WASHINGTON — Ending her months-long silence on how to pay for moving the entire nation into a government-run health care system, Elizabeth Warren on Friday laid out a detailed plan that relies on trillions of dollars in new taxes on the rich and corporations, big pay-ins from employers and aggressive cost cutting.

With her proposal, Warren becomes the first of the Democratic candidates to fully describe how a Medicare for all plan would be paid for. Her chief rival on the party’s left, Sen. Bernie Sanders of Vermont, who has campaigned in favor of a government-run medical plan for years, has outlined various options for financing, but has not committed to one.

Warren argues in her plan that America could do away with private insurance — entirely eliminating premiums, deductibles and co-payments — and move everyone into a single-payer system without sacrificing care and without hiking taxes on the middle class.

“When fully implemented, my approach to Medicare for All would mark one of the greatest federal expansions of middle class wealth in our history,” Warren wrote in a Medium post describing her plan. She vowed the single-payer system could be achieved “without a tax increase on the middle class – and, in fact, without any increase in income taxes at all.”

Warren maintains that a single-payer, Medicare for all system could cover everyone in the U.S. and provide expanded benefits, including long-term care, for roughly what the country is currently slated to spend on health care — about $52 trillion over the course of a decade.

Covering more people with more benefits for the same amount of money would require holding down the amounts paid to doctors and hospitals, limiting doctors to the amount currently paid by Medicare and hospitals to slightly above current Medicare rates.

And even if overall costs do not increase, government spending would surge under the Warren plan, to cover the costs currently generated by premiums and out-of-pocket costs for families. The tab to the federal government would be more than $20 trillion over the next decade —roughly a one-third increase in the total federal budget.

Instead of income tax hikes, Warren would cover nearly half that cost by collecting $9.1 trillion in additional taxes from corporations and high-income families over the next 10 years.

The amount would eclipse the wealth tax Warren has earlier proposed to fund such things as student debt relief and free public college. Several liberal economists have already warned the wealth tax might only generate a fraction of the revenue she envisions.

Warren would cover much of the rest of cost by requiring employers to continue paying, on average, what they currently pay to cover their workers. Instead of paying an insurance company, however, they would pay the government. Their bill would be tallied based on their average spending on employee health insurance over the last few years.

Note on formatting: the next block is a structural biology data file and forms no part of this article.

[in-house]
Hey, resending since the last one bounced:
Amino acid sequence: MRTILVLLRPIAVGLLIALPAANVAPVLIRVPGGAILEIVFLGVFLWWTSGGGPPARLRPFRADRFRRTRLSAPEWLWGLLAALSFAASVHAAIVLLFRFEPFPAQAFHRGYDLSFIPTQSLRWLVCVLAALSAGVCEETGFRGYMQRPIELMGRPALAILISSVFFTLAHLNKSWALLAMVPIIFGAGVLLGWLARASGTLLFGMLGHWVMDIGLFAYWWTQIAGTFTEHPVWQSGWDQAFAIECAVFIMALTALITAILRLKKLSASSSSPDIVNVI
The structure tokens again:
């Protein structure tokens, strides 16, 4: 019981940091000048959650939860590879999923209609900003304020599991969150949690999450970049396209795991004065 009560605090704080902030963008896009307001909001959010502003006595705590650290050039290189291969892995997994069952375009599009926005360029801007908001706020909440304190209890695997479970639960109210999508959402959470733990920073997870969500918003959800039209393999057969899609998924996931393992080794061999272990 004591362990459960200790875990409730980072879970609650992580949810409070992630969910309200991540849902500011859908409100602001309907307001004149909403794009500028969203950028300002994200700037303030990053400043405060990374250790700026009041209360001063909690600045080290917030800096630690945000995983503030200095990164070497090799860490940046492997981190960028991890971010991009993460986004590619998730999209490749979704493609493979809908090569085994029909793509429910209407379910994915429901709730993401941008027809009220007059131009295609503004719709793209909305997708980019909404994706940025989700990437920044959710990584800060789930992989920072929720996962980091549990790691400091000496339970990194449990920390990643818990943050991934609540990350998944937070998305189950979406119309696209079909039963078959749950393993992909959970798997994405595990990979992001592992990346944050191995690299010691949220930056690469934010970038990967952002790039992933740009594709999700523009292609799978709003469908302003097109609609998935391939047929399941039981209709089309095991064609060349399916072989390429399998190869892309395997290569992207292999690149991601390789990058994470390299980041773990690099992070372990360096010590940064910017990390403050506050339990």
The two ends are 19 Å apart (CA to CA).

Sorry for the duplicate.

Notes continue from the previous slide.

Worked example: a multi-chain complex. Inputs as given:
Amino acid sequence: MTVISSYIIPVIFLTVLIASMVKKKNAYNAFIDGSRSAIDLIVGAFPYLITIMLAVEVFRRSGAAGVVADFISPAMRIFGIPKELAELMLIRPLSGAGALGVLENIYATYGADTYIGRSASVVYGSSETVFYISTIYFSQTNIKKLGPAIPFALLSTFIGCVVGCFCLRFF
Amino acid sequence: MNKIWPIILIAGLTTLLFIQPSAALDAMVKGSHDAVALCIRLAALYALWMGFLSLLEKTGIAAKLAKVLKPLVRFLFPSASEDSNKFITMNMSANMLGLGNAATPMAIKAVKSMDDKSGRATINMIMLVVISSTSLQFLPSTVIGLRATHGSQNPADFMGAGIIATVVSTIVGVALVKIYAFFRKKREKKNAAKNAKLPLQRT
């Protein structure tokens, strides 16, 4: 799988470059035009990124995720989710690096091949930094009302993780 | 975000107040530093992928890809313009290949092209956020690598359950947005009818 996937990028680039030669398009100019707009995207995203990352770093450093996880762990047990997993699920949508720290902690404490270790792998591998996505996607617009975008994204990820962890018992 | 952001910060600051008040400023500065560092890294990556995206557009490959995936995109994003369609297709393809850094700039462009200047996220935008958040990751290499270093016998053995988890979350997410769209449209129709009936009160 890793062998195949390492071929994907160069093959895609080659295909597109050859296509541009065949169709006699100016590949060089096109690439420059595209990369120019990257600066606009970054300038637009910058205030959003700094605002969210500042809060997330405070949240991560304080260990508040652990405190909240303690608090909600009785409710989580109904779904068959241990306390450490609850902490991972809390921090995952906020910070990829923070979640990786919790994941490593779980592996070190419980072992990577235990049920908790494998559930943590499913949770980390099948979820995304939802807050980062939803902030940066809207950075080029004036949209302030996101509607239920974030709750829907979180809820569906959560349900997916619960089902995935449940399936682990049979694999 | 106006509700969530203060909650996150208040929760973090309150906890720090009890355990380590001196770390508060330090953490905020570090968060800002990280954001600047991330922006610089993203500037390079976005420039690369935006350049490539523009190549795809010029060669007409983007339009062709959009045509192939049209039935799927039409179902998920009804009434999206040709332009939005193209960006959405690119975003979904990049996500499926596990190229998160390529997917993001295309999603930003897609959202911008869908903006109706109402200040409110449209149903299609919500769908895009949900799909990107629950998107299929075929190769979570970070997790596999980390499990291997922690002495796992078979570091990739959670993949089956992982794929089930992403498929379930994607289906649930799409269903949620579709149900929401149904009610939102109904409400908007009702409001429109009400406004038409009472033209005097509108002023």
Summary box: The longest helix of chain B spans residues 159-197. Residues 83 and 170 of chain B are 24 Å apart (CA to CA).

Warren argues the obligation is less onerous than what those employers currently face, as they would be shielded from existing runaway health care price increases; costs would not rise faster than inflation under her plan.

“We can generate almost half of what we need to cover Medicare for All just by asking employers to pay slightly less than what they are projected to pay today,” Warren wrote.

The new taxes and the payment cuts for doctors and hospitals almost certainly will provide fresh lines of attack for Warren’s opponents as she moves to lock down her place as a front-runner in the final stretch before voting begins in February, starting with the Iowa caucuses.

Warren’s tax proposals include a substantial increase in her wealth tax, aimed largely at billionaires.

A new, annual capital gains tax would be billed to the richest 1% of Americans. Warren called for several trillion dollars of new taxes on financial firms and large corporations. They include rolling back the tax cuts signed into law by President Trump, but also go far beyond that.

Among the new taxes would be one on financial transactions, with levies collected as stocks and bonds are bought and sold. Large financial institutions would pay a new “systemic risk fee.” Corporations would lose trillions of dollars of tax deductions they are currently eligible to claim, and firms that move their profits abroad would be targeted with substantial new levies on the overseas money.

To collect all of this money — and trillions more Warren argues could be collected under current law if tax enforcement were adequate — the senator is arguing for a significant expansion of the Internal Revenue Service.

“The wealthy and their allies in Washington have worked to slash the IRS budget, leaving it without the resources it needs,” Warren wrote. She argued that the “tax gap” in the U.S., the money that is currently owed the IRS but is going unpaid and uncollected, is substantially larger than it is in other wealthy nations, such as the United Kingdom.

Yet most every element of her plan — from expanding the IRS to putting cost controls on health care to vastly expanding taxes on the rich — would be almost certain to face stiff resistance in Congress. The plan would be a historic political lift.

As Warren has with her other plans, she presented this one with a stamp of approval from pedigreed experts in the field. Among those who vetted Warren’s revenue projections were Simon Johnson, the former chief economist at the International Monetary Fund.